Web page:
Richard Meeran, a partner at Leigh Day and Co, noted similarities with the case of South African asbestos miners who successfully sued the British asbestos company Cape: “First, the similarity in the nature and causes of these diseases and the measures required to prevent them, namely dust control; secondly, industry knowledge of the hazard having existed for more than 100 years, and, thirdly, what we allege is the disregard of the industry, in its drive for profit, for miners’ health.”

In a separate action, 18 ex-gold miners from the President Steyn gold mine in Free State province who contracted lung diseases while employed as underground workers have sought to sue AASA.

An arbitration hearing will start on 2 September 2013, presided over by the former chief justice of South Africa, Judge Sandile Ngcobo, and two former judges of the Supreme Court of Appeal. Three out of the 18 claimants a have already died from lung disease. Anglo examined the other 15, and five were hospitalised immediately.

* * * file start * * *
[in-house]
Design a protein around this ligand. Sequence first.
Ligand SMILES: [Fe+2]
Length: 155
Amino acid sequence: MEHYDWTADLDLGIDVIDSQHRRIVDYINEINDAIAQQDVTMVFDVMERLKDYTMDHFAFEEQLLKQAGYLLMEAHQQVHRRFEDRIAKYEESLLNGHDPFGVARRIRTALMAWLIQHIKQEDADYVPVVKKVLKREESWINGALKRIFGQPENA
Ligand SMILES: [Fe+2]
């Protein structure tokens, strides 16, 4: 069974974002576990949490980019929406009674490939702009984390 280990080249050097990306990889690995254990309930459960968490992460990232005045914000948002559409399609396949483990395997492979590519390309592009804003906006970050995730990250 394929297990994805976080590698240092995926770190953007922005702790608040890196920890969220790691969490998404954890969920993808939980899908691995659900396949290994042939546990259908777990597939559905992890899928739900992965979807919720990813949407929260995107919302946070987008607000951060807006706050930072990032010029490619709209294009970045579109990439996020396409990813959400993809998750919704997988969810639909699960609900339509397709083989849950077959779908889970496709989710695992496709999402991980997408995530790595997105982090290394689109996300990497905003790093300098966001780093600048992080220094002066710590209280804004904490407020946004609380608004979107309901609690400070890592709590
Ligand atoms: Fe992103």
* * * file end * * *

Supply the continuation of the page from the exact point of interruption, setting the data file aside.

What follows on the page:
On 21 August, Charles Abrahams, a lawyer representing 3,000 mostly former miners, filed papers at a regional Johannesburg court against AngloGold Ashanti, Gold Fields and Harmony.

The mendacity of the mining giant beggars belief. Black miners for decades were not provided any protective respiratory equipment. They worked in dangerous circumstances and were often sent into areas minutes after blasting operations. Affected miners were allowed to continue working even though the companies knew they had silicosis. When no longer able to work, they were sent back to the Apartheid Bantustans to die.

The anger of the Marikana strikers and strikers from other mines is understandable and justifiable. They are confronted with a merciless and relentless foe that over the decades has condemned many of their comrades to death, and who now, with the active assistance of the state and the unions, has attempted to drown their protests in blood.